Welcome to our projects series where we present benchmarks of urban living – self developed by architects and creative city makers. This week we want to present you the single family house Zog House developed by Solidspace.
“When you look to buy sites in the city, you tend to find small gap sites, largely leftover spaces”, Roger Zogolovitch – architect, independent developer and Founder of Solidspace – told us in a recent interview.
“When you look at gap sites rather than the ‘usable’ more prominent sites on the waterfront, you may find that the views from the former are towards railways, or down alleys, or overlooked by other residual bits of the city. Some consider them the ugly ducklings of a city, but to me they’re very exciting because of their limitations. These difficult constraints make for fascinating and challenging projects.”
That is why Roger came up with the idea of working in split levels: arranging spaces for eating, living and working on a connected series of split levels. They coined this practice as their company’s trademark design concept and called it the Solidspace DNA.
We present you the Zog House, the first development project were Solidspace implemented this ‘spatial DNA’:
Previously home to six single-storey garages behind Brondesbury Road in Queens Park, London, constructed in the 1970s as part of its conversion into flats, the site had a history of planning refusals. Solidspace purchased this 195 square meter site in October 2004.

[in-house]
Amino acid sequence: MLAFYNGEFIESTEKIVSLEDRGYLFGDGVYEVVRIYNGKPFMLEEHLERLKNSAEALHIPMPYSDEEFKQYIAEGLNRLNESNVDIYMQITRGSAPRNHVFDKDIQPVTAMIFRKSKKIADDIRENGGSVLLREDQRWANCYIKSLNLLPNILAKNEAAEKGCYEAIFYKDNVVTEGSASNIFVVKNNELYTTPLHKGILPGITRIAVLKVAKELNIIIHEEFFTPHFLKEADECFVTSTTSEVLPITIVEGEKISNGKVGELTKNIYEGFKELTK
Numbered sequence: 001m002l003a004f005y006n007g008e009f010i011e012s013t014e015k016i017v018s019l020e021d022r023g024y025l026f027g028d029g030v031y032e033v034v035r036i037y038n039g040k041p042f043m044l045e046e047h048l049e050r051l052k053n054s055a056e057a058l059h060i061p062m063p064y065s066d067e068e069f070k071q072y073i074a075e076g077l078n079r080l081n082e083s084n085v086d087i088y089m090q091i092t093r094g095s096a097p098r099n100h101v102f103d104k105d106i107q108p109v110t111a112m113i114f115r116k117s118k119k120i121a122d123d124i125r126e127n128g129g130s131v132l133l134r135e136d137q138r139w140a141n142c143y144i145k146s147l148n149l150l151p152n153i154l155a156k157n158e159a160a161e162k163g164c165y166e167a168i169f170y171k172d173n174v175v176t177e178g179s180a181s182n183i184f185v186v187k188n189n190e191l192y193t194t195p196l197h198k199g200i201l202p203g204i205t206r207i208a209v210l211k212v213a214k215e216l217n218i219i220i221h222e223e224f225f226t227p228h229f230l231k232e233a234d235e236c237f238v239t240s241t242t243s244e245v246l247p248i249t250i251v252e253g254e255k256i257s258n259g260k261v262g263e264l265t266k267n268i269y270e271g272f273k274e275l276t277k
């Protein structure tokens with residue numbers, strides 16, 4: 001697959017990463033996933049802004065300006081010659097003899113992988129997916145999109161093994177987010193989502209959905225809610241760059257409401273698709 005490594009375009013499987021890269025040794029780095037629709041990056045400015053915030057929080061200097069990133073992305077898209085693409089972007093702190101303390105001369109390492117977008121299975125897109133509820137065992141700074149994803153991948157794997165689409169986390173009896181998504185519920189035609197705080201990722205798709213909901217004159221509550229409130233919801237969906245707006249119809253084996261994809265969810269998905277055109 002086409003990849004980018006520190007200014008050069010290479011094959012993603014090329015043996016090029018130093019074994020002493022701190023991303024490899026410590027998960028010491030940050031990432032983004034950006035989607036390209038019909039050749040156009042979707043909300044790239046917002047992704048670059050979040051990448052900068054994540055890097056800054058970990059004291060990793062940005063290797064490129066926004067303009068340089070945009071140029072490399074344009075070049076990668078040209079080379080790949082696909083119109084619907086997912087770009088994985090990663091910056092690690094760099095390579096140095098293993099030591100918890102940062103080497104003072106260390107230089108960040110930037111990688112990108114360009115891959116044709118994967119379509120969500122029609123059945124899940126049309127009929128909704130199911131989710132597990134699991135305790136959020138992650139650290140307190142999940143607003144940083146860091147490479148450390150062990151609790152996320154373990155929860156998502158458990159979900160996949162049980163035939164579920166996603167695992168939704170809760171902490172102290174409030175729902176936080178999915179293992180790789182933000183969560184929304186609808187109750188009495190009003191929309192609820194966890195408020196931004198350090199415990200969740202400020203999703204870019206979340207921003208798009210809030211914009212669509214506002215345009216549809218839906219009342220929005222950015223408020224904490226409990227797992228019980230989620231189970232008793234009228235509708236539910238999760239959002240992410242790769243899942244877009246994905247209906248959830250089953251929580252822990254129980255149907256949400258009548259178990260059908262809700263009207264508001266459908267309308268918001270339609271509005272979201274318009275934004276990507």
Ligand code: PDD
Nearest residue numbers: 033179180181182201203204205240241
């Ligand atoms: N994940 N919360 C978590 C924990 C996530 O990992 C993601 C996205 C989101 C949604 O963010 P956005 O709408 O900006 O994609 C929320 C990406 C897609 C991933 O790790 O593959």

And since Solidspace usually outsources the architecture, they appointed architects Groves Natcheva to design a detached family house of 187 square meters. Planning consent was approved in October 2005, to create a building of two interlocking volumes in both plan and section.
It was dug down by half a floor level and, although two storeys internally, its southern facade to the street was only 4.5 metres in height. This met the proscribed light angle from the windows to the rear of the neighboring 77 Brondesbury Road. The northern volume consisted of three storeys (matching 1 Donaldson Road next door), with three levels on basement, ground and first floor.
The generous proportions of the Solidspace DNA in Zog House, allow a triple height void, exposing the section with views to the upper levels of the house, and to the sky, balancing the long views from the living space down to the kitchen/dining area on the lower garden level.
The entire development demonstrates the gap site feasibility of building houses at 187 square meters equating to a density of 52 units per hectare.
Gus Zogolovitch, Roger’s son and Founder of Inhabit Homes, lives at the house with his family. Inhabit Homes was evolved from Solidspace as it became obvious that regular estate agencies struggled to find buyers who were interested in design-led housing. “Inhabit Homes is doing the marketing and sales for Solidspace. We are acting as their sales agency”, Gus told us in a recent interview for Archipreneur Insights.
1a Donaldson Road, Queens Park, London, UK
- Architect: Groves Natcheva
- Developer: Solidspace
- Client: Solidspace
- Project Manager: Gus Zogolovitch
- Planning/Construction: 2004 – 2009
- Residential units: 1
- Storeys/Levels: 4
- Gross floor area: 190 sqm (2045 SF)
- Net saleable/rentable area: 175 sqm (1883 SF)
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